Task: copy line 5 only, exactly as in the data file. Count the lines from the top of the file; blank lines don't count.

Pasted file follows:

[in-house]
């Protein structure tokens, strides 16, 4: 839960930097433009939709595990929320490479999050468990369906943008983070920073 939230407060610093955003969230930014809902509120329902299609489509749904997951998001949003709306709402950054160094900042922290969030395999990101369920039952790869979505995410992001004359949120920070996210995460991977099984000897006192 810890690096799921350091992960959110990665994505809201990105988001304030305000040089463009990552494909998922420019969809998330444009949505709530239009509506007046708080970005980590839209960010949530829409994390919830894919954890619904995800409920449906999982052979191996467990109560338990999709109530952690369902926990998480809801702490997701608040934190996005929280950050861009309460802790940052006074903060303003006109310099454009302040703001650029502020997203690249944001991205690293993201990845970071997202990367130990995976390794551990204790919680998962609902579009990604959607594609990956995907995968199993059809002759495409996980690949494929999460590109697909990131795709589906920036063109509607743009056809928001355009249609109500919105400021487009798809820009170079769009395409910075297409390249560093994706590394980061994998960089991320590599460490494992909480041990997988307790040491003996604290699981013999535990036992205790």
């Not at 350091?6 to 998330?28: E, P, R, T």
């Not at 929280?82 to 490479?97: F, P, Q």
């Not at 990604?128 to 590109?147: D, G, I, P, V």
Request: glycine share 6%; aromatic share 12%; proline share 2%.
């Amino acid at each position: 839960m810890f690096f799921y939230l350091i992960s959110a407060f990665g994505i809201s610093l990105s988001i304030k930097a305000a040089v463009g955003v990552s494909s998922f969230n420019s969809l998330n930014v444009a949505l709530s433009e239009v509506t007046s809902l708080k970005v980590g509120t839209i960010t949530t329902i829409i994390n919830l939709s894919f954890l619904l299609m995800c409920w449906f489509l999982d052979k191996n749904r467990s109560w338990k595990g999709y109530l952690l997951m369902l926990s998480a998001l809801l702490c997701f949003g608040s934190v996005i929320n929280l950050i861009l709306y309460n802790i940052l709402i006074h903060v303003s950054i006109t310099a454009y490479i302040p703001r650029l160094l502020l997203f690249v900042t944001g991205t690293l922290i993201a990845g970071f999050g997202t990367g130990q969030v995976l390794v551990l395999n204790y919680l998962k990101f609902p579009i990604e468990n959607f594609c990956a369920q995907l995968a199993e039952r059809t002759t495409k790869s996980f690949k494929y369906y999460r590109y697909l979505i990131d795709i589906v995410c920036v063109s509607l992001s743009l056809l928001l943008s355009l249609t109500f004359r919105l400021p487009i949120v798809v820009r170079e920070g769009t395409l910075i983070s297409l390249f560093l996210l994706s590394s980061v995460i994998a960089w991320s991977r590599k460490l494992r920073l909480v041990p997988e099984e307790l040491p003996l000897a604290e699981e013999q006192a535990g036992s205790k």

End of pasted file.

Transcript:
């Not at 990604?128 to 590109?147: D, G, I, P, V």